Valle is just one cast member who is used to the heavy realities reflected in Gabi’s story.

“My parents were actually undocumented for a while,” Valle said. “So I understood that anxiety because my parents didn’t go back to Mexico for 22 years. During that time, if anything happened it was like, can they go back? To go back means you might not be able to come back. … The weight of that situation, especially growing up as a kid, you’re like, ‘Oh! At any moment my own parents could be out of here over the smallest thing. At any moment, the smallest slip-up, I could lose my family.’ I definitely relate to that part of the play.”

In the talk-back discussion that followed the virtual reading, many audience members expressed gratitude to the cast for helping them feel seen. As the actors answered questions about their personal experiences, other attendees sent messages of compassion to the Latinx community for the difficulties they so often face.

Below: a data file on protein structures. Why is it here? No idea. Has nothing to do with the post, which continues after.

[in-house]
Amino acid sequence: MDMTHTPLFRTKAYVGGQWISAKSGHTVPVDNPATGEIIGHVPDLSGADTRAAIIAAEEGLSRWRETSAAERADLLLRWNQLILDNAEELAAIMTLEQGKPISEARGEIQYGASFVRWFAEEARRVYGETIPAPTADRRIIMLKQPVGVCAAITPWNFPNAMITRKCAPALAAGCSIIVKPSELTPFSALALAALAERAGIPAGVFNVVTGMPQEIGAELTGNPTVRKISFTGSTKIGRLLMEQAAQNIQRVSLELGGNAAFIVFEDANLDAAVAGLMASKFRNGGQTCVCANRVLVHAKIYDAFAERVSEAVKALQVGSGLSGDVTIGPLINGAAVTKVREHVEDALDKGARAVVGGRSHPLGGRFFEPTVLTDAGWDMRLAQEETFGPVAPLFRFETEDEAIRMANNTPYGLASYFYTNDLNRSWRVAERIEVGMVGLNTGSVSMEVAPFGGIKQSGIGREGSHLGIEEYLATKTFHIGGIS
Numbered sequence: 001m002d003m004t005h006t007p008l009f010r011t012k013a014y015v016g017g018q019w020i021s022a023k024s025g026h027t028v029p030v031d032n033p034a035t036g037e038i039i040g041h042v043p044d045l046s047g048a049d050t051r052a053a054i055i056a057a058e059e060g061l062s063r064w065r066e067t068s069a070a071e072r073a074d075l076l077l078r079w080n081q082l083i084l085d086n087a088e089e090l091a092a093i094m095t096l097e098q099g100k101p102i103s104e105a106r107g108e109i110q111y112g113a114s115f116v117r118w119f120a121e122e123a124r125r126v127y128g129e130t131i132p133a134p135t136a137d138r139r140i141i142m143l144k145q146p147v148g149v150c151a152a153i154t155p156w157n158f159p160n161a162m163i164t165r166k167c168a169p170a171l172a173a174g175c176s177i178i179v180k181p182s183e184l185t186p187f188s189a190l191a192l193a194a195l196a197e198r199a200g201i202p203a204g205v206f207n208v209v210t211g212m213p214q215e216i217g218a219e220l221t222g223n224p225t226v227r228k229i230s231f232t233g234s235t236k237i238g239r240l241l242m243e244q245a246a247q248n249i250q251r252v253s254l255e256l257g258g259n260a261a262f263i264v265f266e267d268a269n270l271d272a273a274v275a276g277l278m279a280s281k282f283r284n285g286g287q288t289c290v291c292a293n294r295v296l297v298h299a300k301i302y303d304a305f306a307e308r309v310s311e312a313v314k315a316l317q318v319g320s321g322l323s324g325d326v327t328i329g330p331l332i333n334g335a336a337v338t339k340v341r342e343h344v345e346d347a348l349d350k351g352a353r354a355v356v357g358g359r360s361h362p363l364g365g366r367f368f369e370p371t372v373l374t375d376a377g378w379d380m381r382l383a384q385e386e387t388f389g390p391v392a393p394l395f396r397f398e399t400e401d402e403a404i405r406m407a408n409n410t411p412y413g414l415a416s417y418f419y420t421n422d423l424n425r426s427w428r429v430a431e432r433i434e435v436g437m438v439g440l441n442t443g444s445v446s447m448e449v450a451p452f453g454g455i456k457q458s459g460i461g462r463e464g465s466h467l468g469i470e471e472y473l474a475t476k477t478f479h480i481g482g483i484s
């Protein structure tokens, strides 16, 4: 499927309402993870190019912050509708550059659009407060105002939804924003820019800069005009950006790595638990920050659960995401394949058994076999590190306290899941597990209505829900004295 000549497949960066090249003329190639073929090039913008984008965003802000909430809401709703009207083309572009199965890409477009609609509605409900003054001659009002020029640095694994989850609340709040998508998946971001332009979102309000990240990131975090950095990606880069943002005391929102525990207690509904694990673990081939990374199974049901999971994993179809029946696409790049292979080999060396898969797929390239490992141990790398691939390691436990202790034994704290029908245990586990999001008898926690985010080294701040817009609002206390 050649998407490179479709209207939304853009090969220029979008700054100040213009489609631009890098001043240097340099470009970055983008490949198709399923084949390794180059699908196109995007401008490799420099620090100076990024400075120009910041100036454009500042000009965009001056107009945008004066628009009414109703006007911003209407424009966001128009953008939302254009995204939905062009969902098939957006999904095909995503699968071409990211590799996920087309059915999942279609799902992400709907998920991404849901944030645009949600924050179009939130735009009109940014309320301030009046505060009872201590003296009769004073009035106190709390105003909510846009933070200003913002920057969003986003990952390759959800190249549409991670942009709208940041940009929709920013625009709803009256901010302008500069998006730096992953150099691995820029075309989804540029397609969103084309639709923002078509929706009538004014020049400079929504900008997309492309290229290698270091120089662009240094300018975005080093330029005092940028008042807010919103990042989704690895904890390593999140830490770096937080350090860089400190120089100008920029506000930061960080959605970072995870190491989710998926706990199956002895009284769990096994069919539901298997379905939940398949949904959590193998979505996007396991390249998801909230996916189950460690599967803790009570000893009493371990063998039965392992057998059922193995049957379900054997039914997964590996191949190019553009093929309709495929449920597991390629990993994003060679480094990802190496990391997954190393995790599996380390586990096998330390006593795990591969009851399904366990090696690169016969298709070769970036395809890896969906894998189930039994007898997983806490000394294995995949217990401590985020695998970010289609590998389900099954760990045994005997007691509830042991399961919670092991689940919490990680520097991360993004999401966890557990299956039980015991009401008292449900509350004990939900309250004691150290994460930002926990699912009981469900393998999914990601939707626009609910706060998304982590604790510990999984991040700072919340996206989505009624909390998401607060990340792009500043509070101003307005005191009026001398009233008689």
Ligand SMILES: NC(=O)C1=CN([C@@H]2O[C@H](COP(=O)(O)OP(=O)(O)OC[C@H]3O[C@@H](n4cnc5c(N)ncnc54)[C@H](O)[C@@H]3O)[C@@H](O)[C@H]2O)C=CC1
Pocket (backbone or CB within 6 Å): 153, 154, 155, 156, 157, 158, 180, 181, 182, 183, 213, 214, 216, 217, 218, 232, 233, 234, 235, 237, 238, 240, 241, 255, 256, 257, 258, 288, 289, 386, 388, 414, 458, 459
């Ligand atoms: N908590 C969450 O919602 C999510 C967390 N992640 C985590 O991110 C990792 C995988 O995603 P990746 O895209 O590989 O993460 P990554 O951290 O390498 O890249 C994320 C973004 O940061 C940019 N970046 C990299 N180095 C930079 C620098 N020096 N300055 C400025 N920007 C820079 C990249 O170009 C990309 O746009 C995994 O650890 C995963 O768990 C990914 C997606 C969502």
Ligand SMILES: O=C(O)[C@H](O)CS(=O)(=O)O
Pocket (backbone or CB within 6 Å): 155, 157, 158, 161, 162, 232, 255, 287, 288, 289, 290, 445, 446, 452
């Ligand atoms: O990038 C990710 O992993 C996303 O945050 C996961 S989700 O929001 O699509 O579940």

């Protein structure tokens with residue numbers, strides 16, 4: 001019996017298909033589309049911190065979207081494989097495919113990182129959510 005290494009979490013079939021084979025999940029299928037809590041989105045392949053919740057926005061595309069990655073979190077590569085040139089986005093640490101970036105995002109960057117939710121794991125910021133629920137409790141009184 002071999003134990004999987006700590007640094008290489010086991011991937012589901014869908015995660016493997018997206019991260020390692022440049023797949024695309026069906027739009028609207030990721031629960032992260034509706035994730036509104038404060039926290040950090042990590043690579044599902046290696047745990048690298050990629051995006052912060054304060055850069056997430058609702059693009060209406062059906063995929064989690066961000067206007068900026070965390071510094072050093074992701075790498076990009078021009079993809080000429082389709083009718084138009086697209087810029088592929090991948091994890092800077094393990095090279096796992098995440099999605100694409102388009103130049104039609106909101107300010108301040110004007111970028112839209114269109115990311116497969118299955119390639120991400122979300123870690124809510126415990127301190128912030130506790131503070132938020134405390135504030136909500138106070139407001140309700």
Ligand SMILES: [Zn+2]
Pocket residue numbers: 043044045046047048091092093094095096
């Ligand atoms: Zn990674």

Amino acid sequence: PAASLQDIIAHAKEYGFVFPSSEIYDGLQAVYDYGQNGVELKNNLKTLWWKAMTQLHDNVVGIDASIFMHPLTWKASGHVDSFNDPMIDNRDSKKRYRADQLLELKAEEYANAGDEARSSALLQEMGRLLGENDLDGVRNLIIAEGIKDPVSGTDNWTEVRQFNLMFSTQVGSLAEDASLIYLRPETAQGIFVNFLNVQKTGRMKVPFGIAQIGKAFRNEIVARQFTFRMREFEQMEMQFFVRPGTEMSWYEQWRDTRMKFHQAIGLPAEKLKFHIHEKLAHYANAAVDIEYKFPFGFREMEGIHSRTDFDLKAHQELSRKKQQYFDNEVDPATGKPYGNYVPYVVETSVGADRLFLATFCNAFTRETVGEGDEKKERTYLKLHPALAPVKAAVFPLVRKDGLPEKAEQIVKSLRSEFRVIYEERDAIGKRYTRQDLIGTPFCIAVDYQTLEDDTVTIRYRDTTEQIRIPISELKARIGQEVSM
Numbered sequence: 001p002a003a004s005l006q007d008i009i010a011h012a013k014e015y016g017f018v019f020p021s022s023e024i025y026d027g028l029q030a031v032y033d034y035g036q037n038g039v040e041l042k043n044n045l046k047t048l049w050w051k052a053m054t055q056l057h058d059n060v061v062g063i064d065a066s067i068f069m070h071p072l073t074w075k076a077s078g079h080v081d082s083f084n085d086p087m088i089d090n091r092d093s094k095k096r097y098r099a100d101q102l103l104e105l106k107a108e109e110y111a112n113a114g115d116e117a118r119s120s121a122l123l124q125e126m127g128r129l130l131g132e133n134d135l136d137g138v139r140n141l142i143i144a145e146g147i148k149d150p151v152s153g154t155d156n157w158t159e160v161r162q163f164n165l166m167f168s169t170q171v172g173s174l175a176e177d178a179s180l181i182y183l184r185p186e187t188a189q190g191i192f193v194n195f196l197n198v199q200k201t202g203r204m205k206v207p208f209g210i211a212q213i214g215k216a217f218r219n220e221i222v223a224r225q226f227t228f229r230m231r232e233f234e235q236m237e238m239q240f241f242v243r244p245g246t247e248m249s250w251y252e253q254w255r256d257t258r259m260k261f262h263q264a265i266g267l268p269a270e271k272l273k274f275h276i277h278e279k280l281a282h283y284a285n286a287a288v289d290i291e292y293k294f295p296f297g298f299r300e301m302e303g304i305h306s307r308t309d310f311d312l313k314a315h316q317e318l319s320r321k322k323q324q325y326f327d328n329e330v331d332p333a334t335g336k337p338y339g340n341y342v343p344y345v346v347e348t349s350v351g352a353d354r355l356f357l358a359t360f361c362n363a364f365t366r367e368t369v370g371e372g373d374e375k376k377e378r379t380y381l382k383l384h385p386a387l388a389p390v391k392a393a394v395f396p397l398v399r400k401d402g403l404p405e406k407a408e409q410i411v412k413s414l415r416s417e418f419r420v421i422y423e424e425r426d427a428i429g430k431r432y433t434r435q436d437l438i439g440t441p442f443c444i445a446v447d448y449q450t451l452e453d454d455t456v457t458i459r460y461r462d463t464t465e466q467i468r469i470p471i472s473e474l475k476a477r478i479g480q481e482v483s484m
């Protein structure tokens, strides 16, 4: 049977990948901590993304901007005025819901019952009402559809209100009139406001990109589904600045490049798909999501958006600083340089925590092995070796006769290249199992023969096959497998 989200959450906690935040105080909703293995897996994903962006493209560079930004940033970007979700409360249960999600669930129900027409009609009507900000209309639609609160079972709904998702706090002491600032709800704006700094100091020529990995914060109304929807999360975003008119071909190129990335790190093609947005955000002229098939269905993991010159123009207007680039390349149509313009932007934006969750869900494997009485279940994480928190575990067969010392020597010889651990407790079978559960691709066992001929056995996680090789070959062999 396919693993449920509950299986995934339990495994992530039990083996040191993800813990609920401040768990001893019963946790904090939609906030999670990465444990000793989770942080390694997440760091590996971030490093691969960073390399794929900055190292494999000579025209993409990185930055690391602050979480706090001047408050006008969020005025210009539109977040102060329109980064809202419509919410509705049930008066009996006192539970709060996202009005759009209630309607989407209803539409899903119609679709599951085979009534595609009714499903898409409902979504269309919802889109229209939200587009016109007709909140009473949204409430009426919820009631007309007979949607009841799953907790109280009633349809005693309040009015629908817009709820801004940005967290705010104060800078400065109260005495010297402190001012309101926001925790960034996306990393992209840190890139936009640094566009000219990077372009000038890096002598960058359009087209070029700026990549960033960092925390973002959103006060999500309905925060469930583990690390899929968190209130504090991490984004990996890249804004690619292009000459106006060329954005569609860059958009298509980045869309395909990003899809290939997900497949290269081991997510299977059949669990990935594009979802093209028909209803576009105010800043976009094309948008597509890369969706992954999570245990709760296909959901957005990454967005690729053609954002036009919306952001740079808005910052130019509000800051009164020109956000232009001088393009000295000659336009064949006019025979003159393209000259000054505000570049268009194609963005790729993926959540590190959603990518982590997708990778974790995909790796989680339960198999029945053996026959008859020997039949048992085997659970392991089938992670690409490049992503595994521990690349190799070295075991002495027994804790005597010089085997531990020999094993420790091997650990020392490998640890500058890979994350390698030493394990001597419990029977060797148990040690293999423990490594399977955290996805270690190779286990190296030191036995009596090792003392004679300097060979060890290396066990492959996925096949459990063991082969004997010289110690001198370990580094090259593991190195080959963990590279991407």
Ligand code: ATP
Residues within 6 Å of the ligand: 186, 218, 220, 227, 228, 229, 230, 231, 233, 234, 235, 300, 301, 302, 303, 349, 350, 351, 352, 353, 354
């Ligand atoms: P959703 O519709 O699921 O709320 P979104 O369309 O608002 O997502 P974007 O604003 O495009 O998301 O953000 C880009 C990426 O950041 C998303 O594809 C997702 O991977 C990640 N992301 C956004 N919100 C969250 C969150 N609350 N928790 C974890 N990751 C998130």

“That’s a huge part of why we do what we do,” Robinson said. “It’s not just to do a show but then to have discussion, to have [the] community respond and for us to have real discussions about some of the issues that we are presenting.”

The audience, feeling represented and more aware of their fellow humans’ hardship, is not the only group who took something away from this performance. At the end of the talk-back, each member of the cast shared that they are walking away from “Augusta and Noble” with a new perspective of both themselves and those they love.

“I definitely learned that just being me is enough,” Caraballo said. “I don’t have to explain myself to anybody. I am Hispanic. I am Puerto Rican. There’s nothing I can do to change that, and I wouldn’t want to change that. And that’s kind of the realization that Gabi also has at the end of the play, like, ‘I know I belong here. All of these things are what make me American.’”